A story I would like to share about Captopril is when I admitted a patient with new-onset of irregular heart rhythm after taking this medication. Her potassium level was way above the reasonable value when she came to the emergency department. Unfortunately, her doctor failed to educate her about the necessity of diet modification when taking this medication. Her diet consisted mainly of fruits and vegetables as she was trying to avoid fatty meat to control her blood pressure better. Unbeknownst to her, a high-potassium dietary intake should be avoided as this may result in an abnormal rise in serum potassium, which may lead to irregular heartbeat and lethal rhythm.

References

Brashers, V.L. (2019). Alterations of vascular function. In N.S. Rote (Eds). Pathophysiology: The biologic basis for disease in adults and children (8th ed., pp. 1059- 1142). St. Louis, MO: Elsevier, Inc.

Huether, S.E. (2019). Structure and function of the renal and urologic systems. In V.L. Brashers & N.S. Rote (Eds). Pathophysiology: The biologic basis for disease in adults and children (8th ed., pp. 1228- 1292). St. Louis, MO: Elsevier, Inc.

PDR (2020). Captopril: Drug summary. Retrieved from https://www.pdr.net/drug-summary/Captopril-captopril-2348.4130#15

Robinson, M.V. (2016). Drugs affecting the cardiovascular and renal systems. In T.M. Woo (Eds). Pharmacotherapeutics for advanced nurse prescribers (4th Edition, pp. 295-359). Philadelphia, PA: F.A. Davis Company

Seema B., Sabina, Y., Vipin, S., Tulshi, C., Shailendra, S.C., & Yousuf, A. (2019). Treatment and Management of Hypertension by Targeting ACE Inhibitors: in silico Approach. International Journal Bioautomation, (1), 13.

https://doi-org.lopes.idm.oclc.org/10.7546/ijba.2019.23.1.13-28

Q3-

For patients who are undergoing treatment for hypertension there are many factors that affect treatment adherence. The most common influencer is attitudes and beliefs of the individuals who are undergoing treatment (Ashoorkhani et al., 2018). The attitudes and beliefs of individuals changes based on the culture they come from (Ashoorkhani et al., 2018). For example, some cultures do not believe in medicine and would rather be treated homeopathically, but the patient themselves want treatment (Ashoorkhani et al., 2018). This patient would require a thorough explanation of medications, nutrition, lifestyle changes, and much more (Ashoorkhani et al., 2018). As healthcare providers it is our responsibility to ensure that the patients understand what they are taking and why as this would improve patient adherence (Ashoorkhani et al., 2018). This could even become a class that could extend to the rest of the practice that patients can be provided to in order for them to learn more about the medications they are taking (Ashoorkhani et al., 2018).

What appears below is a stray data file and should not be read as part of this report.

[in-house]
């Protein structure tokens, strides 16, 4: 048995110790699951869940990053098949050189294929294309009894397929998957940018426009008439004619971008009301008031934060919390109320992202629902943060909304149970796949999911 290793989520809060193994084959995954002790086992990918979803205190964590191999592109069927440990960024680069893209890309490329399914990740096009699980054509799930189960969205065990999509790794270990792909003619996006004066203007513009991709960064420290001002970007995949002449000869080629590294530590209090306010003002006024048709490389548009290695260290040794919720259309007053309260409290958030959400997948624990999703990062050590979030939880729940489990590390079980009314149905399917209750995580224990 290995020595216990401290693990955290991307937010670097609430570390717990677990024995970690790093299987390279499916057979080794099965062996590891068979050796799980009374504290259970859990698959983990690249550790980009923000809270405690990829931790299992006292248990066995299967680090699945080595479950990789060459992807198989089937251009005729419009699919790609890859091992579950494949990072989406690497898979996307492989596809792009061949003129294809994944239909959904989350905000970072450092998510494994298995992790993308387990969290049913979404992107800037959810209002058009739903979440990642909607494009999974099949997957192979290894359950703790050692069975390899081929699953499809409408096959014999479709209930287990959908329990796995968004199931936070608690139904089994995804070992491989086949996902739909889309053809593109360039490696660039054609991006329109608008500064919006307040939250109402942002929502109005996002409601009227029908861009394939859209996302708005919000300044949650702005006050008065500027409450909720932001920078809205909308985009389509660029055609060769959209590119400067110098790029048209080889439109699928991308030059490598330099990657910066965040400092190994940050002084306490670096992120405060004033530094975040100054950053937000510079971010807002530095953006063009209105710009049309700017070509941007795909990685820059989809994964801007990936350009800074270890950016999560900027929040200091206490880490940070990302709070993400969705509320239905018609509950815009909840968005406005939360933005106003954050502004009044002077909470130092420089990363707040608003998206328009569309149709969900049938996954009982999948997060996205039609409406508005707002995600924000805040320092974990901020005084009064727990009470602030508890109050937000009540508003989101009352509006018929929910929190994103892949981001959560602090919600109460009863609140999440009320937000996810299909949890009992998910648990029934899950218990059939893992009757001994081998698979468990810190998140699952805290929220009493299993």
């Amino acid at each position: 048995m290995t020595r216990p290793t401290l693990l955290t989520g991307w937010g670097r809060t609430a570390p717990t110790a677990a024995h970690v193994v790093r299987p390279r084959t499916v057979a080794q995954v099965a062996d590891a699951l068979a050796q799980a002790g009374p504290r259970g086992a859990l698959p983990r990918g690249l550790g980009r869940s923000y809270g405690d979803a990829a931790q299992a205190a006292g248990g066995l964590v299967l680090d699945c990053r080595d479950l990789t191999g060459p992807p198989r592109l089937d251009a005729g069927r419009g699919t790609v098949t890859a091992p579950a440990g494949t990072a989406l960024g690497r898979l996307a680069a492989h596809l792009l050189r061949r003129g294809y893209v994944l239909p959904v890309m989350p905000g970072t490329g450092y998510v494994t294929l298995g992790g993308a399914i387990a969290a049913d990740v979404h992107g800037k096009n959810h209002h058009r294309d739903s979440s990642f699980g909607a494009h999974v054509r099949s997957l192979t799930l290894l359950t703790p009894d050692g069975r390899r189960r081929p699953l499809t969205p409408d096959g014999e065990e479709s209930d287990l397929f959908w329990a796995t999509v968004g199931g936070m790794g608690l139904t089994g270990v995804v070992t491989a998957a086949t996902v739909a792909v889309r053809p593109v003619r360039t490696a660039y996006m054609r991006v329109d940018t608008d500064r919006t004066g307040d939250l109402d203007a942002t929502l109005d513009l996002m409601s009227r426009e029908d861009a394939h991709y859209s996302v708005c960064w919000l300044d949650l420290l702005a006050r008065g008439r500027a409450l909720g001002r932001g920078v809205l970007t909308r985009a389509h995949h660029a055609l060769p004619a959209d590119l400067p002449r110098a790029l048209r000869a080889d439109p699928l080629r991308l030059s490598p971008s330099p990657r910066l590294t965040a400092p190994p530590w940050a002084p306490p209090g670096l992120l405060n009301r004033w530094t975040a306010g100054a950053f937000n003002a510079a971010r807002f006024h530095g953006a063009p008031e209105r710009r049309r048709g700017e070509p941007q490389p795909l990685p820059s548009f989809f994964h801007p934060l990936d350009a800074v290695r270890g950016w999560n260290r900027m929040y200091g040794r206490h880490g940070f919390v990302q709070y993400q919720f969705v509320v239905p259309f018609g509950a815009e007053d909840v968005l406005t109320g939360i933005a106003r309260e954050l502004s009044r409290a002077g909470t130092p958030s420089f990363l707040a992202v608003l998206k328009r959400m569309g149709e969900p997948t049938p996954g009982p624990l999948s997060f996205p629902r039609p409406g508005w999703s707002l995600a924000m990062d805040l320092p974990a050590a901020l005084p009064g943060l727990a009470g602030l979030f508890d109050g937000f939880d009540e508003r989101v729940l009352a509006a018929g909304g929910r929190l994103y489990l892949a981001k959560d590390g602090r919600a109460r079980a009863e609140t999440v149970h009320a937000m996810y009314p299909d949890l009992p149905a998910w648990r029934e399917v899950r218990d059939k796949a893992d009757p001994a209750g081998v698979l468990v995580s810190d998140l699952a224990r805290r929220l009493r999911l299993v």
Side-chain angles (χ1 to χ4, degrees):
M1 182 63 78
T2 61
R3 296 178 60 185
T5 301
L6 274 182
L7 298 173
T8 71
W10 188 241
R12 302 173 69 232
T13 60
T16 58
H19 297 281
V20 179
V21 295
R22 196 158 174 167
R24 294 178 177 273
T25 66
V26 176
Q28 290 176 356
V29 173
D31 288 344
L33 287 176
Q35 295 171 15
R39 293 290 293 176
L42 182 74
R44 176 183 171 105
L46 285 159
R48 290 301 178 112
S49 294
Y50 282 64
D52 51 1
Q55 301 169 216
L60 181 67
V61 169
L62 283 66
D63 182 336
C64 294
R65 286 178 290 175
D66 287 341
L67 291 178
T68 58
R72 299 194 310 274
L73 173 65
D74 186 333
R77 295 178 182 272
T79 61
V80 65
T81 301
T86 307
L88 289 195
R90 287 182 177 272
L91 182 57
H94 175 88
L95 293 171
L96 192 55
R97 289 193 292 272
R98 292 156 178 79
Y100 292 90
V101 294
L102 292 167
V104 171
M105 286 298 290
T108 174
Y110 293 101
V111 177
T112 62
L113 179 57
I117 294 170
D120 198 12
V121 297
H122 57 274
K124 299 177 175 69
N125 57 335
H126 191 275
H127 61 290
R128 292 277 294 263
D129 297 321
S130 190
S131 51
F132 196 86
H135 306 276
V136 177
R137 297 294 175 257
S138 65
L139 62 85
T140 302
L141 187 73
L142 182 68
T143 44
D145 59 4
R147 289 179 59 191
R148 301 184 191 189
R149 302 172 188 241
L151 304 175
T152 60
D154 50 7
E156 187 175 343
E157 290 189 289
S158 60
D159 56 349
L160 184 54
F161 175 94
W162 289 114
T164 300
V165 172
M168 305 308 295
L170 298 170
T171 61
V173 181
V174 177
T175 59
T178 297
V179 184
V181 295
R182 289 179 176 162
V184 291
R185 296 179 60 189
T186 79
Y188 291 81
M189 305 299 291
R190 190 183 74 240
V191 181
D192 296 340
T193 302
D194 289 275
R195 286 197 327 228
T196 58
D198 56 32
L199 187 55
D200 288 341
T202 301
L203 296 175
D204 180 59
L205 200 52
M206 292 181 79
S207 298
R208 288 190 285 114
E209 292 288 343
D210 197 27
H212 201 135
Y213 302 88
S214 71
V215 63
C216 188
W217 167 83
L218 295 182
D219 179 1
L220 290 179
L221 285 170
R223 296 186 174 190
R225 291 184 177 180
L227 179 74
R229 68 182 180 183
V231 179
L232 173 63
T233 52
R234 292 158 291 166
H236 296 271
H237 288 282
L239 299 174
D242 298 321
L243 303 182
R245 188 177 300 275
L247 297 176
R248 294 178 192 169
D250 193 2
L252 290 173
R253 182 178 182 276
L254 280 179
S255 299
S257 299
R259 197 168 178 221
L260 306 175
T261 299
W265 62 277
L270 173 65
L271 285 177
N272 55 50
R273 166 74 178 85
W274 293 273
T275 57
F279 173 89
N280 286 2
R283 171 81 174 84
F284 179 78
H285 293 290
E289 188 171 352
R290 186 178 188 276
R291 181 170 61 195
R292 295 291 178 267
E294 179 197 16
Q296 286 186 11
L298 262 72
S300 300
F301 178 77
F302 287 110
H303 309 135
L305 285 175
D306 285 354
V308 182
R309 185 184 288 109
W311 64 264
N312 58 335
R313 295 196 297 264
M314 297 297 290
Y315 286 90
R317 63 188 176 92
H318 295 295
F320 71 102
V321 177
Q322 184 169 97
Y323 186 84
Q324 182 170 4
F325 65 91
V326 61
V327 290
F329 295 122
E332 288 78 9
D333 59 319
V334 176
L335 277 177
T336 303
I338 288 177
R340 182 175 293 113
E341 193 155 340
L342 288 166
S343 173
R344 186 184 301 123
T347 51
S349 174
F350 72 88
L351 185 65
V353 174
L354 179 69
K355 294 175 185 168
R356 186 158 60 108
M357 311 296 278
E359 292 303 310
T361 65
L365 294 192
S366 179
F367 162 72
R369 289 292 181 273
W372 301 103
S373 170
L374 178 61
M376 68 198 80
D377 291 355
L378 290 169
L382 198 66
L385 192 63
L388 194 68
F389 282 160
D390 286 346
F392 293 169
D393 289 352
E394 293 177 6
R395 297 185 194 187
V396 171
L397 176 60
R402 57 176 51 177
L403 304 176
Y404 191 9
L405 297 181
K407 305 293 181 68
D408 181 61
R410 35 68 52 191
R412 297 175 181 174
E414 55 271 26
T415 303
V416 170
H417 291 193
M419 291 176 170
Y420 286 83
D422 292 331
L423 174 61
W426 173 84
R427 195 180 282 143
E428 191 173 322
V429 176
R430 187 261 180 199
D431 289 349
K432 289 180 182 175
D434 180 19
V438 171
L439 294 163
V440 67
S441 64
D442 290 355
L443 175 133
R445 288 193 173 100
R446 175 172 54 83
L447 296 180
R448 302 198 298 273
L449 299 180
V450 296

Another example is an ethnic and cultural difference but of food culture in Iranians (Ashoorkhani et al., 2018). Iranians enjoy a lot of salt in their foods and end up consuming 10 to 15 grams a day and is about two to three times higher than the global standard (Ashoorkhani et al., 2018). Ingesting a large about of salt is a common contributing factor to hypertension (Ashoorkhani et al., 2018). So an further example, an Iranian patient who is being treated for hypertension would have to have instruction on how to keep track of their salt intake and ways to reduce salt intake overall (Ashoorkhani et al., 2018).

In my approach I would have to find a way to reach this patient in a positive way that they would understand the information and want to make that change. Instructing a patient on a major lifestyle change positively and also suggesting a substitute actually increases the success rate of the patient converting to the new regimen (Garzon & Heredia, 2019). I would imagine information and explanation would be the best way to reach someone in order to make a change. So for the lifestyle change we would want to modify we would have to also suggest a adequate substitution. However, regardless of the amount of instruction we could give them in any setting, it is ultimately up to the patient if they want to make changes in their lifestyle. I would imagine that it would be difficult the longer the patient has been doing that routine.

References:

Ashoorkhani, M., Majdzadeh, R., Gholami, J., Eftekhar, J., & Bozorgi, J. (2018). Understanding Non-Adherence to Treatment in Hypertension: A Qualitative Study. International Journal of Community Based Nursing and Midwifery, (4), 314. Retrieved from https://search-ebscohost-com.lopes.idm.oclc.org/login.aspx?direct=true&db=edsdoj&AN=edsdoj.87f989c469464f199cb0ba6d1f7cc8d0&site=eds-live&scope=site

Garzón, N. E., & Heredia, L. P. D. (2019). Validity and Reliability of the Treatment Adherence Questionnaire for Patients with Hypertension. Investigacion & Educacion En Enfermeria, 37(3), 99–111. https://doi-org.lopes.idm.oclc.org/10.17533/udea.iee.v37n3e09